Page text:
LifestyleFashion & Luxury

Time to see what helps people tick

The world's largest trade fair for timepieces has more features this year. Reports byNora Tong

PUBLISHED : Wednesday, 05 September, 2012, 12:00am
UPDATED : Wednesday, 05 September, 2012, 8:32am

Presenting timepieces from luxury wristwatches to designs with a twist, and featuring international brands and local treasures, the 31st HKTDC Hong Kong Watch & Clock Fair is a magnet for a global gathering of watchmakers, clock masters and enthusiasts.

Running until Sunday, the world's largest watch and clock event has gathered more than 720 exhibitors from 12 countries and regions, including first-time participant Spain.

Held at the Hong Kong Convention and Exhibition Centre, the annual show is organised by the Hong Kong Trade Development Council, Hong Kong Watch Manufacturers Association and The Federation of Hong Kong Watch Trades & Industries.

Hong Kong is the second-largest exporter of watches in value terms, and is also home to a strong ancillary and supporting industry. In the first half of this year, Hong Kong's exports of watches and clocks increased by 13 per cent.

The United States and the European Union were the largest markets, accounting for one-third of exports.

Buyers scouting for high-quality timepieces with innovative designs won't be disappointed. Among this year's exhibitors is The Chinese Timekeeper (CTK, booth GH-G08), which produces limited timepieces designed and crafted on the mainland.

"We want to offer our customers the opportunity to own a timepiece of character but, for once, with a Chinese heritage. We are the forefront player helping to change people's mentality about Chinese craftsmanship," says managing director Adrien Choux.

This is the company's second year at the show. "We are a proud Hong Kong-based company and some regional distributors are joining the show. It will be a chance for CTK to show its uniqueness and attractiveness," Choux says.

The company is showcasing the special edition CTK 12, Three Hands Automatic celebrating the Year of the Dragon. The case contains a layer made of 24ct yellow gold, and on the dial there is a mighty dragon figure applied in a shiny gold colour.

The special edition is limited to 18 pieces and comes with two straps - one with a black alligator design and the other the brand signature strap. Also on display are the CTK 13 - Three Hands Automatic with Jade, and CTK 15 - Chinese Double Hour Automatic, the dial of which features Chinese Zodiac characters in a shiny silver colour.

Choux says the mainland is slowly emerging as a market wanting to establish its own brands at international level.

"We are only in the beginning of this trend. We have more and more customers looking into our collection and thanking us for daring to create a luxury Chinese brand. Hopefully, this trend will become mainstream in the years to come."

First-time exhibitor Breo (booth GH-E19), a lifestyle accessories brand for people keen on adventure, is exhibiting Orb 10, which boasts style and durability with a sporty exterior. It includes the ingredients to satisfy the requirements an athlete needs, such as a stopwatch system, backlit display, water-resistant to 10 ATMs and a multifunction system. Other products include the Classic, a lifestyle-based watch with a minimal design, and the Overtone, which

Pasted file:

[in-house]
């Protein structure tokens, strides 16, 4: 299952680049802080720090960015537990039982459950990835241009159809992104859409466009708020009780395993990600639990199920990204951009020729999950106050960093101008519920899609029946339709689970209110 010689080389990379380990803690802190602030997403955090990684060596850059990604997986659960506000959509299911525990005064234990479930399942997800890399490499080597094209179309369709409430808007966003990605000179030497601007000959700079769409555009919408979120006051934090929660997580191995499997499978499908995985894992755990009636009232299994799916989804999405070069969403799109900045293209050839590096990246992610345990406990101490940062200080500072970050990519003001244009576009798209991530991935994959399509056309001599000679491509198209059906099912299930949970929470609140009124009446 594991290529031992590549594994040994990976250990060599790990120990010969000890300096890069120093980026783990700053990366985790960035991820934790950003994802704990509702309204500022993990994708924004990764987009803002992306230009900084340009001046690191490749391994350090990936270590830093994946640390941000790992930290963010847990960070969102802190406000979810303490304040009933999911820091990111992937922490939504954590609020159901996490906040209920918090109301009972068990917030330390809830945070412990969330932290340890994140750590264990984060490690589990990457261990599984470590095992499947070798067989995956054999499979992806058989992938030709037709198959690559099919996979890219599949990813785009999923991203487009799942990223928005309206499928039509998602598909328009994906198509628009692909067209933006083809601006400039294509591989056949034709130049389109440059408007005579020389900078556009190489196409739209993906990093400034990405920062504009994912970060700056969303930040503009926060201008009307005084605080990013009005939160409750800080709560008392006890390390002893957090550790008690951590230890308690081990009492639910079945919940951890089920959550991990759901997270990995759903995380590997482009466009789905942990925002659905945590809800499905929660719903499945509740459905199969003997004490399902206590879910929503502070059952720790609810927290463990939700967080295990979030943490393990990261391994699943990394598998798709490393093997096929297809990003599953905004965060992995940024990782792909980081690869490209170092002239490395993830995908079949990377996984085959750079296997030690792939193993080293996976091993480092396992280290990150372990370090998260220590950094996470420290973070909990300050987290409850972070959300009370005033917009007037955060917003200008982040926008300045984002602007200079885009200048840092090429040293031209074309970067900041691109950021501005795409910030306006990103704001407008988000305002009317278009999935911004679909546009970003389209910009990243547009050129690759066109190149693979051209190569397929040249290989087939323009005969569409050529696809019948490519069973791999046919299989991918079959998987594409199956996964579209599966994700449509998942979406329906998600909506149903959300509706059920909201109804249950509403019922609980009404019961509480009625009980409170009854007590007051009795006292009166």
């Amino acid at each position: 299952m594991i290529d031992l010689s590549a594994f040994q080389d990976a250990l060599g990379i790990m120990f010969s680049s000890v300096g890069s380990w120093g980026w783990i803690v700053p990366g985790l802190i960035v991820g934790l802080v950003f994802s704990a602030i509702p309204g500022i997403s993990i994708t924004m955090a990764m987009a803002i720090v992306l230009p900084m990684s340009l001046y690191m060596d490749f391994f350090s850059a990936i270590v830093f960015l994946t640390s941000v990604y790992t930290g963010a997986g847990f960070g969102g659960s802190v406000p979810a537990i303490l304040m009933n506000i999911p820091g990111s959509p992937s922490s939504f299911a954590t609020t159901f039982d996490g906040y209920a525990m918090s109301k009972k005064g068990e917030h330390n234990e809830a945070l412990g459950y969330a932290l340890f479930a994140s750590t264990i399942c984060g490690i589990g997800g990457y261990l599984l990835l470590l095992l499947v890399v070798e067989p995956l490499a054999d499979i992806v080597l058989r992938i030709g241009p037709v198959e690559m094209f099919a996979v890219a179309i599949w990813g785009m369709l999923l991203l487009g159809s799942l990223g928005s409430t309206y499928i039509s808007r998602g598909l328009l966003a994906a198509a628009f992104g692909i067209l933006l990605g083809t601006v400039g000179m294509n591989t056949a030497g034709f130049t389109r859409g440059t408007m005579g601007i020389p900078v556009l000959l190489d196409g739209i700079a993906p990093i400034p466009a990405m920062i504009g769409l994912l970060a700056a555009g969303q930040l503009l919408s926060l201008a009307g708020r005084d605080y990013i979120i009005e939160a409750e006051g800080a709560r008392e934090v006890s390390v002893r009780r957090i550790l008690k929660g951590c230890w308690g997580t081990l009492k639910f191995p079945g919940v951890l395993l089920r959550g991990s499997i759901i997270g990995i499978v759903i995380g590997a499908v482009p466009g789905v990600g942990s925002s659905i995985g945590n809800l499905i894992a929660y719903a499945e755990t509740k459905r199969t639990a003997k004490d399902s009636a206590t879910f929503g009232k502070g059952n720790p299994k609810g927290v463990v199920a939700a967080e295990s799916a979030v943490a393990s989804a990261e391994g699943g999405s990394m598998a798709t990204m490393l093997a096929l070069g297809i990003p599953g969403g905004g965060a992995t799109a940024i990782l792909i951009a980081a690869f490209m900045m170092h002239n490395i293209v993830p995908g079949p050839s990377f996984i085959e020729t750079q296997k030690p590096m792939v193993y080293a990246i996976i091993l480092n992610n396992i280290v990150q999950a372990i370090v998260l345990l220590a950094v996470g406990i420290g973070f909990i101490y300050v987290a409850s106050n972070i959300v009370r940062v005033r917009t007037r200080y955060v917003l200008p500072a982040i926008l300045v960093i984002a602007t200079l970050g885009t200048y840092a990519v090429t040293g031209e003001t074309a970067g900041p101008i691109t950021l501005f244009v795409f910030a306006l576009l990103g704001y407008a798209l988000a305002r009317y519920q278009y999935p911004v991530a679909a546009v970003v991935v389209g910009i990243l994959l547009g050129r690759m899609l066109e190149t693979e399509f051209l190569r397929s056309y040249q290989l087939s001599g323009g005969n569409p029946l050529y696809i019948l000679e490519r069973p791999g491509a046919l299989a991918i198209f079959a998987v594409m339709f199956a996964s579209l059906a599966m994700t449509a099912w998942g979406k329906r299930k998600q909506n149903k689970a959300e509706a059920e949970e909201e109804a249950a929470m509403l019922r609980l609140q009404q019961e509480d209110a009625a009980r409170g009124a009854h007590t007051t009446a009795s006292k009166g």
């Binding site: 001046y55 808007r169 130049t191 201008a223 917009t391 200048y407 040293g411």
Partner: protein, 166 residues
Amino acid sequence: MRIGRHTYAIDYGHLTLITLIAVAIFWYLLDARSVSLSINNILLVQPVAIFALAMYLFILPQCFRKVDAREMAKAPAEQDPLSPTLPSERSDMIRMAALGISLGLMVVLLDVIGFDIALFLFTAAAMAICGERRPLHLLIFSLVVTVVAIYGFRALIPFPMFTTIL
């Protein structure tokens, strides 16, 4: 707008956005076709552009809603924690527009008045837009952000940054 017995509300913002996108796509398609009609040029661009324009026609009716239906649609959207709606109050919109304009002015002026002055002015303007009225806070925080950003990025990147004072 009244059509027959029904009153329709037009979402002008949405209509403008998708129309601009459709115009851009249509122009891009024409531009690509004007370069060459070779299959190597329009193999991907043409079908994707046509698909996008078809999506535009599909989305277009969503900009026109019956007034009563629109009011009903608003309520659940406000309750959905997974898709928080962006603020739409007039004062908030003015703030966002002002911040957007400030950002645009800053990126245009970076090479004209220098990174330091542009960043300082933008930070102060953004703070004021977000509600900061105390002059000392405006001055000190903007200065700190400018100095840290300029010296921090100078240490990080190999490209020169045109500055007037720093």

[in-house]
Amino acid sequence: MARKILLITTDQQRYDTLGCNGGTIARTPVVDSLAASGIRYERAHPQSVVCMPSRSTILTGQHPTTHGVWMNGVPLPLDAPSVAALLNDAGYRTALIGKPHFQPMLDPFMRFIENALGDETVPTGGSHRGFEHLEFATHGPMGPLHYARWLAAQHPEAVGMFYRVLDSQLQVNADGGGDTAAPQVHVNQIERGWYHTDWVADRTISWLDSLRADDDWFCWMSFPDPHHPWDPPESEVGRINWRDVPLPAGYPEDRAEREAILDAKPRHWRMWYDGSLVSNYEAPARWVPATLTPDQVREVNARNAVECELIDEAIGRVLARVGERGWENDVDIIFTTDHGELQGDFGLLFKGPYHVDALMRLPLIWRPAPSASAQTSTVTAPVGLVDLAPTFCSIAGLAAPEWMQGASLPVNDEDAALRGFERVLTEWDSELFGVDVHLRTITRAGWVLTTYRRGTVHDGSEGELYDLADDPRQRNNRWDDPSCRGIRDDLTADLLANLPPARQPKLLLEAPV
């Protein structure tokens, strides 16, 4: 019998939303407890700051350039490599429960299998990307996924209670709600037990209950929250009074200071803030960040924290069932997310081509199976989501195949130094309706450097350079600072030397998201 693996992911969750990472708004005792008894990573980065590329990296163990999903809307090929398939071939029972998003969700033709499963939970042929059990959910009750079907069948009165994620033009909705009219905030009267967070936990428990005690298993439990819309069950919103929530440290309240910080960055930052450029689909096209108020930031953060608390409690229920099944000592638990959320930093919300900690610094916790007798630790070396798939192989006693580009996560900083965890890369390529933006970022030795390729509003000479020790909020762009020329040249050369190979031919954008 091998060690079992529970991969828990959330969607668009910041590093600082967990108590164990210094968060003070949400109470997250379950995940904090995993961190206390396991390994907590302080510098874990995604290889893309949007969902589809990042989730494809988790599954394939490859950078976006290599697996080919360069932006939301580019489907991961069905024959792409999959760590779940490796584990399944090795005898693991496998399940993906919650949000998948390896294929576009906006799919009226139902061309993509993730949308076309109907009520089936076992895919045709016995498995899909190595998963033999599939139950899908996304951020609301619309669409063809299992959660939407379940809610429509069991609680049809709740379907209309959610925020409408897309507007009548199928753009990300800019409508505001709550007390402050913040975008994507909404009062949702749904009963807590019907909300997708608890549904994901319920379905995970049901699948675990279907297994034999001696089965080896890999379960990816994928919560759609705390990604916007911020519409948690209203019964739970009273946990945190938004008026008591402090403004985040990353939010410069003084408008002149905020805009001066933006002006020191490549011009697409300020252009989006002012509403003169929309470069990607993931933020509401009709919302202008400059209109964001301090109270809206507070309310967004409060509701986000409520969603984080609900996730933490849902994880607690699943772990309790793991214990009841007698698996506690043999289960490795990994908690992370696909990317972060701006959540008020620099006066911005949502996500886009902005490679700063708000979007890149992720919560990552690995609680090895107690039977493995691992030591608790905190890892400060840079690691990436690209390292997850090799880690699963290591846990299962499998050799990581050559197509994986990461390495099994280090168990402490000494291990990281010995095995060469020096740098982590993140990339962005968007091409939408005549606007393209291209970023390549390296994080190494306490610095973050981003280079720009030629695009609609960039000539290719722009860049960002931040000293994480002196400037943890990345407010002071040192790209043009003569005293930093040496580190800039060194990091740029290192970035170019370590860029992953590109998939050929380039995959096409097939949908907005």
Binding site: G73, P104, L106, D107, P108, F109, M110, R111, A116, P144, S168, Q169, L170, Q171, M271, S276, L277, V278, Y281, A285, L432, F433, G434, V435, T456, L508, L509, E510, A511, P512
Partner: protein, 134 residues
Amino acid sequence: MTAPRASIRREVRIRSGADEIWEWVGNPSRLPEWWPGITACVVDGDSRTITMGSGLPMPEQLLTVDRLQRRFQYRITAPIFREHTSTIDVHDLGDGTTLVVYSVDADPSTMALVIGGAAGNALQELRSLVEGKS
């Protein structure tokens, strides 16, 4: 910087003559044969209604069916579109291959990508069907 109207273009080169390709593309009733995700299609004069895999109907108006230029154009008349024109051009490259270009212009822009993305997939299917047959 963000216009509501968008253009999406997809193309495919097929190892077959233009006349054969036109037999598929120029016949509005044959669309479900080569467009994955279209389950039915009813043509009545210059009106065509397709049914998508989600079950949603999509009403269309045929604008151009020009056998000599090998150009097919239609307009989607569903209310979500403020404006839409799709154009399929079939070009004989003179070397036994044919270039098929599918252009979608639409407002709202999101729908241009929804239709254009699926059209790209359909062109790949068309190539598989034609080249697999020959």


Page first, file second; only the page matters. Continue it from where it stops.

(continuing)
has a mix of subtle and vibrant colours and is water-resistant to 10 ATMs.

Lone Hesselbjerg Roper, Breo's sales manager for Asia-Pacific, says the company hopes to gain contacts from the show and create a wider audience.

"This can only be a beneficial experience for us as a brand

and to those closest to us within the watch industry, as it offers everyone the opportunity to foresee and gain a greater perception of what one another is up to within the market,"

she says. The company understands how difficult a time it is in the economic crisis, she adds. "We offer the consumer great value for money and the opportunity to purchase either a lifestyle

range or sports

range at a price within a general

consumer budget," Hesselbjerg Roper says.

Swiss brand Jacques Farel (booth GH-D10) has taken part in the fair since 1984. Director of marketing and sales Joanne Froidevaux Nixon says the brand is returning with Jacques Farel Timepiece AMB1313, which has a stainless steel case with unidirectional turning bezel; Jacques Farel Kids HBBC3388, an adorable teddy bear watch; and Jacques Farel EMC: SIL21, a new silicone watch and pendant concept dedicated to modern and creative young ladies.

The trade show is again hosting the Brand Name Gallery, which exhibits licensed and original branded watches alongside fashion labels and designer collections.

The Pageant of Eternity, meanwhile, is showing the finest complete watches. And, in response to the growing demand for suppliers of goods in small quantities, the Small Order Zone has been set up to display products meant for ordering in 50 to 1,000 pieces.

Watch parades and cocktail and networking receptions will be hosted. Participants can keep abreast of the latest industry developments at events including the Asian Watch Conference.

Keynote speaker is Shang Jianguang, vice-president and general manager of Zhuhai Rossini Watch Industry. He will be sharing the company's success story and business development strategies.

At the Hong Kong International Watch Forum, representatives of watch industry associations from all over the world will share industry and market intelligence. They include Jean-Daniel Pasche, president of the Federation of the Swiss Watch Industry FH, and industry representatives from France

and Japan.

Separately, a seminar

entitled "Rising Chinese and Evergreen European Watch Markets" will be presented

by GfK's China general

manager Alfred Chou, and the company's APAC senior manager Anthony Tan.


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